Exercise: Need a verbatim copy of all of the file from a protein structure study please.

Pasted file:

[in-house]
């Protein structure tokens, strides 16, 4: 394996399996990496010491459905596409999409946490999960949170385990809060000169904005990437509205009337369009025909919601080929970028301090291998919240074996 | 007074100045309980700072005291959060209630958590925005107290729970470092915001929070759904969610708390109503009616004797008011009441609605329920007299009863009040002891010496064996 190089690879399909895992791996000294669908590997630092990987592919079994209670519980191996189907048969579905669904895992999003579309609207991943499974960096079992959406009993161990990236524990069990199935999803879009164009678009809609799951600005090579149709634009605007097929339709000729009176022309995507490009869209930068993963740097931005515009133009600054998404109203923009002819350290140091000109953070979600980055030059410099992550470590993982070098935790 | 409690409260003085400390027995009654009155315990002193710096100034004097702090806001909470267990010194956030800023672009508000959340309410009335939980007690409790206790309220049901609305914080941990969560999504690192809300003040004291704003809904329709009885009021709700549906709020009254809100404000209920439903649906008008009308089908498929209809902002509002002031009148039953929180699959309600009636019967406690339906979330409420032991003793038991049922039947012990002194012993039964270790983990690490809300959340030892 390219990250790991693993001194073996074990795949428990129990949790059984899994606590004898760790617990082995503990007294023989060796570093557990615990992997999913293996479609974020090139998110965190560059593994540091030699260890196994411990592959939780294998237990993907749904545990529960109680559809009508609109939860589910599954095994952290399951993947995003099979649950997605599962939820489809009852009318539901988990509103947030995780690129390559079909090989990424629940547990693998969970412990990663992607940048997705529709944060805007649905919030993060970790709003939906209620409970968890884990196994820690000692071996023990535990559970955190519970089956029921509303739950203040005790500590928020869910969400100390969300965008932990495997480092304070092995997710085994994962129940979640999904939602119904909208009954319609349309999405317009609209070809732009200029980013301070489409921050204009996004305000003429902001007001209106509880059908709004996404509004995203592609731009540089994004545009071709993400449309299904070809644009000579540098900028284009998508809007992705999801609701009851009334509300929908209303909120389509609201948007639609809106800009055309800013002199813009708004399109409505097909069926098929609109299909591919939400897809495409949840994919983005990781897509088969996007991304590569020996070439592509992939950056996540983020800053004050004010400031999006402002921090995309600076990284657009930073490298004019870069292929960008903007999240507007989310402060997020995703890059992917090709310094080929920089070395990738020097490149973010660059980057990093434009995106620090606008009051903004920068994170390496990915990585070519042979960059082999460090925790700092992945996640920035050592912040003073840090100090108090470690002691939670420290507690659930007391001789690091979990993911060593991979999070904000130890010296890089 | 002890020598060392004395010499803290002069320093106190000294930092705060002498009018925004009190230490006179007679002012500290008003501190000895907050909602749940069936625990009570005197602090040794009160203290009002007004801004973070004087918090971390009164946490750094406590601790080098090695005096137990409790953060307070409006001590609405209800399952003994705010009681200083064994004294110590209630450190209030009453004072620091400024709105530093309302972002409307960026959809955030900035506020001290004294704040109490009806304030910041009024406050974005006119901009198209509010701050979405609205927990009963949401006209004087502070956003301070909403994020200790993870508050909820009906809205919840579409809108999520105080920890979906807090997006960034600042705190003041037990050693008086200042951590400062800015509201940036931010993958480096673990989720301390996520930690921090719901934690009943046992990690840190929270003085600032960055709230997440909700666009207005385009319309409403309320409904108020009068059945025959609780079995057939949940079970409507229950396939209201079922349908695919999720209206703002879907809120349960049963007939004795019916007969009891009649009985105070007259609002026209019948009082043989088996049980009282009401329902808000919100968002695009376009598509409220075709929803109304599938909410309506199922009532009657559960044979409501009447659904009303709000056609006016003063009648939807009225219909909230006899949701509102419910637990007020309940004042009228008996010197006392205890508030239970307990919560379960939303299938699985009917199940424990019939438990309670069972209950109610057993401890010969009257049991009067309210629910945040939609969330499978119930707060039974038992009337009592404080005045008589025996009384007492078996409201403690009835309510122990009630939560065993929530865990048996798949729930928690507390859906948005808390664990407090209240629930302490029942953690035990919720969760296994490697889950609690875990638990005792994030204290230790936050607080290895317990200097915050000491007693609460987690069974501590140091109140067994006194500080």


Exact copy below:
[in-house]
């Protein structure tokens, strides 16, 4: 394996399996990496010491459905596409999409946490999960949170385990809060000169904005990437509205009337369009025909919601080929970028301090291998919240074996 | 007074100045309980700072005291959060209630958590925005107290729970470092915001929070759904969610708390109503009616004797008011009441609605329920007299009863009040002891010496064996 190089690879399909895992791996000294669908590997630092990987592919079994209670519980191996189907048969579905669904895992999003579309609207991943499974960096079992959406009993161990990236524990069990199935999803879009164009678009809609799951600005090579149709634009605007097929339709000729009176022309995507490009869209930068993963740097931005515009133009600054998404109203923009002819350290140091000109953070979600980055030059410099992550470590993982070098935790 | 409690409260003085400390027995009654009155315990002193710096100034004097702090806001909470267990010194956030800023672009508000959340309410009335939980007690409790206790309220049901609305914080941990969560999504690192809300003040004291704003809904329709009885009021709700549906709020009254809100404000209920439903649906008008009308089908498929209809902002509002002031009148039953929180699959309600009636019967406690339906979330409420032991003793038991049922039947012990002194012993039964270790983990690490809300959340030892 390219990250790991693993001194073996074990795949428990129990949790059984899994606590004898760790617990082995503990007294023989060796570093557990615990992997999913293996479609974020090139998110965190560059593994540091030699260890196994411990592959939780294998237990993907749904545990529960109680559809009508609109939860589910599954095994952290399951993947995003099979649950997605599962939820489809009852009318539901988990509103947030995780690129390559079909090989990424629940547990693998969970412990990663992607940048997705529709944060805007649905919030993060970790709003939906209620409970968890884990196994820690000692071996023990535990559970955190519970089956029921509303739950203040005790500590928020869910969400100390969300965008932990495997480092304070092995997710085994994962129940979640999904939602119904909208009954319609349309999405317009609209070809732009200029980013301070489409921050204009996004305000003429902001007001209106509880059908709004996404509004995203592609731009540089994004545009071709993400449309299904070809644009000579540098900028284009998508809007992705999801609701009851009334509300929908209303909120389509609201948007639609809106800009055309800013002199813009708004399109409505097909069926098929609109299909591919939400897809495409949840994919983005990781897509088969996007991304590569020996070439592509992939950056996540983020800053004050004010400031999006402002921090995309600076990284657009930073490298004019870069292929960008903007999240507007989310402060997020995703890059992917090709310094080929920089070395990738020097490149973010660059980057990093434009995106620090606008009051903004920068994170390496990915990585070519042979960059082999460090925790700092992945996640920035050592912040003073840090100090108090470690002691939670420290507690659930007391001789690091979990993911060593991979999070904000130890010296890089 | 002890020598060392004395010499803290002069320093106190000294930092705060002498009018925004009190230490006179007679002012500290008003501190000895907050909602749940069936625990009570005197602090040794009160203290009002007004801004973070004087918090971390009164946490750094406590601790080098090695005096137990409790953060307070409006001590609405209800399952003994705010009681200083064994004294110590209630450190209030009453004072620091400024709105530093309302972002409307960026959809955030900035506020001290004294704040109490009806304030910041009024406050974005006119901009198209509010701050979405609205927990009963949401006209004087502070956003301070909403994020200790993870508050909820009906809205919840579409809108999520105080920890979906807090997006960034600042705190003041037990050693008086200042951590400062800015509201940036931010993958480096673990989720301390996520930690921090719901934690009943046992990690840190929270003085600032960055709230997440909700666009207005385009319309409403309320409904108020009068059945025959609780079995057939949940079970409507229950396939209201079922349908695919999720209206703002879907809120349960049963007939004795019916007969009891009649009985105070007259609002026209019948009082043989088996049980009282009401329902808000919100968002695009376009598509409220075709929803109304599938909410309506199922009532009657559960044979409501009447659904009303709000056609006016003063009648939807009225219909909230006899949701509102419910637990007020309940004042009228008996010197006392205890508030239970307990919560379960939303299938699985009917199940424990019939438990309670069972209950109610057993401890010969009257049991009067309210629910945040939609969330499978119930707060039974038992009337009592404080005045008589025996009384007492078996409201403690009835309510122990009630939560065993929530865990048996798949729930928690507390859906948005808390664990407090209240629930302490029942953690035990919720969760296994490697889950609690875990638990005792994030204290230790936050607080290895317990200097915050000491007693609460987690069974501590140091109140067994006194500080």